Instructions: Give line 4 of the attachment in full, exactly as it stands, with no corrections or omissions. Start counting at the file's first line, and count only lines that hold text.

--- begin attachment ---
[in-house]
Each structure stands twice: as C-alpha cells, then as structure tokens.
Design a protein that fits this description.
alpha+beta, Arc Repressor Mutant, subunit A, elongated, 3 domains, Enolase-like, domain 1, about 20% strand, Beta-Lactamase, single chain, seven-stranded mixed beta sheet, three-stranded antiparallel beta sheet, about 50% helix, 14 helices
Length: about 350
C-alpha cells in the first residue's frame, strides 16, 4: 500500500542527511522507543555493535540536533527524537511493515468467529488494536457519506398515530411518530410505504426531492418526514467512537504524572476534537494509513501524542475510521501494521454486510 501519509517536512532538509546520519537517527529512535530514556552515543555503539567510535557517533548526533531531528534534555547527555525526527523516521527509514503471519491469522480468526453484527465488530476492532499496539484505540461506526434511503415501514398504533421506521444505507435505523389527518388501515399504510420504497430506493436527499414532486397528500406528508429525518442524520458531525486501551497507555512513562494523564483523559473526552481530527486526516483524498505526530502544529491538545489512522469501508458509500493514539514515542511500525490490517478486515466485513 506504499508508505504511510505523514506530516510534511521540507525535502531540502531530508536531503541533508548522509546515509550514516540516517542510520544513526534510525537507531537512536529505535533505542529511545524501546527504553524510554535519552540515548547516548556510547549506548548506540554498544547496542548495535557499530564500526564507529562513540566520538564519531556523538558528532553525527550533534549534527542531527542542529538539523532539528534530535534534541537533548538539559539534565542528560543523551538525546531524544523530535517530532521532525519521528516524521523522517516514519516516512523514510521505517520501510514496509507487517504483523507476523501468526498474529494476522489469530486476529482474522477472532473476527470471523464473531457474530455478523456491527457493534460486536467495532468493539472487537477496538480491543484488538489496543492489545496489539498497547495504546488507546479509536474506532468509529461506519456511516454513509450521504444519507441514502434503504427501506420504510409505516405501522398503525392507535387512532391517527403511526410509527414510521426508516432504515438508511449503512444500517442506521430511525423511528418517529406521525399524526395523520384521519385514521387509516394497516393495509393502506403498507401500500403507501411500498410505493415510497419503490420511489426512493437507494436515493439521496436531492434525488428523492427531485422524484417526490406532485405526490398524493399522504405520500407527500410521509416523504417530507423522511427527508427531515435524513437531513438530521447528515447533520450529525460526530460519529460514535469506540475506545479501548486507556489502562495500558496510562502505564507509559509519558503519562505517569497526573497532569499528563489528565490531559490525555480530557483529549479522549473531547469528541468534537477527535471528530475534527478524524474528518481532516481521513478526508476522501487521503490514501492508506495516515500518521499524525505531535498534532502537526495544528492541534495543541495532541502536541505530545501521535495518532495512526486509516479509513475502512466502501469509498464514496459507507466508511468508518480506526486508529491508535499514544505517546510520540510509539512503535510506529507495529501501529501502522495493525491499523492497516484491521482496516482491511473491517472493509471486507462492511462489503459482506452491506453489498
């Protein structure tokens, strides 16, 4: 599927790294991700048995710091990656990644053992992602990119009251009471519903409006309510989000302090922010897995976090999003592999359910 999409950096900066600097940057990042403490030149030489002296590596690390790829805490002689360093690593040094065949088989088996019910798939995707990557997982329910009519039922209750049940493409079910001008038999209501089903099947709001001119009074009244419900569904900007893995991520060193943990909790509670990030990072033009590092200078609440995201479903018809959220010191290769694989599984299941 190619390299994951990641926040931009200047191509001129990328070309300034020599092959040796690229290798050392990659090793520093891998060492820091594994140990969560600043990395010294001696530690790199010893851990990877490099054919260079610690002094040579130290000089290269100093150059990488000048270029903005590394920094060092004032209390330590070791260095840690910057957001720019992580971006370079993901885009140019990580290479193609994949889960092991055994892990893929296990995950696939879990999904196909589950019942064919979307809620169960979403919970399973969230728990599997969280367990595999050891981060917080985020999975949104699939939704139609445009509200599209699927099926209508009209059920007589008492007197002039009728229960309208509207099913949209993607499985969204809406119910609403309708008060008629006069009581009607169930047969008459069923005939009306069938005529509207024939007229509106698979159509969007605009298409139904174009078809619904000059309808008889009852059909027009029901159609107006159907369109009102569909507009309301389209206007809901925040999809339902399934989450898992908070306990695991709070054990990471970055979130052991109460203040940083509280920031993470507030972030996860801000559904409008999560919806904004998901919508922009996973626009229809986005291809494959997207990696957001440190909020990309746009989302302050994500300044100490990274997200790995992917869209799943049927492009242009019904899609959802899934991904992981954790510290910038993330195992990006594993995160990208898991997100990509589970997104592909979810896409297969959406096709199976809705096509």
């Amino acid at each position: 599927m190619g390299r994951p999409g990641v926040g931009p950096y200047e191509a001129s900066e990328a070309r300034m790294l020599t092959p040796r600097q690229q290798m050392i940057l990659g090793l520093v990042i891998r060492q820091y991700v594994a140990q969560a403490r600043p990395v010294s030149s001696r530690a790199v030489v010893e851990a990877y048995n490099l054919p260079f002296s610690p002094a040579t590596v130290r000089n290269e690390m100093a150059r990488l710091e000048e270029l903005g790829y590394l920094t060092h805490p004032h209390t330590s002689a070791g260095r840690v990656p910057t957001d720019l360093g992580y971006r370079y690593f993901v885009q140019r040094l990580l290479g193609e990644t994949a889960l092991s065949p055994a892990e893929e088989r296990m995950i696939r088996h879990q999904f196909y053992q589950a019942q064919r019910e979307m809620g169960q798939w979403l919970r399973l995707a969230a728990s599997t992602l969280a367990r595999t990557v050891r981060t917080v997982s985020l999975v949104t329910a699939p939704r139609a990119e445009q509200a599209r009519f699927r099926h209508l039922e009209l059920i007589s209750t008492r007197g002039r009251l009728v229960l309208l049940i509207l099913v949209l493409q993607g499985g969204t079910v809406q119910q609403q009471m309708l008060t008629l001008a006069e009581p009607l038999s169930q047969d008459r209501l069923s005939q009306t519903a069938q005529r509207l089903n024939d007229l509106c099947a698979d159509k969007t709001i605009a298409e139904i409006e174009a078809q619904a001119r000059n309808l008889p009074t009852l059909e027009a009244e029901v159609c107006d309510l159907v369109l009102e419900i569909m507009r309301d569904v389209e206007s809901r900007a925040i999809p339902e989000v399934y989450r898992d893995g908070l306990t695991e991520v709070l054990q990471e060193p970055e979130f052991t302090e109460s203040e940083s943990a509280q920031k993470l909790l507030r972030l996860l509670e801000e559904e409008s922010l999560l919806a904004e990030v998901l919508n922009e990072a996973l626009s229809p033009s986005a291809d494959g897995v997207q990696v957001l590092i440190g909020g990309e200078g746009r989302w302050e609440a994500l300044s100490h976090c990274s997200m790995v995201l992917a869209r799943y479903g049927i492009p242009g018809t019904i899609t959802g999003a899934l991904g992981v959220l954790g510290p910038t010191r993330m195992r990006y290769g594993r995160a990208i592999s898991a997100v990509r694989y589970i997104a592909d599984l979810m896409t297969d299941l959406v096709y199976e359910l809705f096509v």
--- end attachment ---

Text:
alpha+beta, Arc Repressor Mutant, subunit A, elongated, 3 domains, Enolase-like, domain 1, about 20% strand, Beta-Lactamase, single chain, seven-stranded mixed beta sheet, three-stranded antiparallel beta sheet, about 50% helix, 14 helices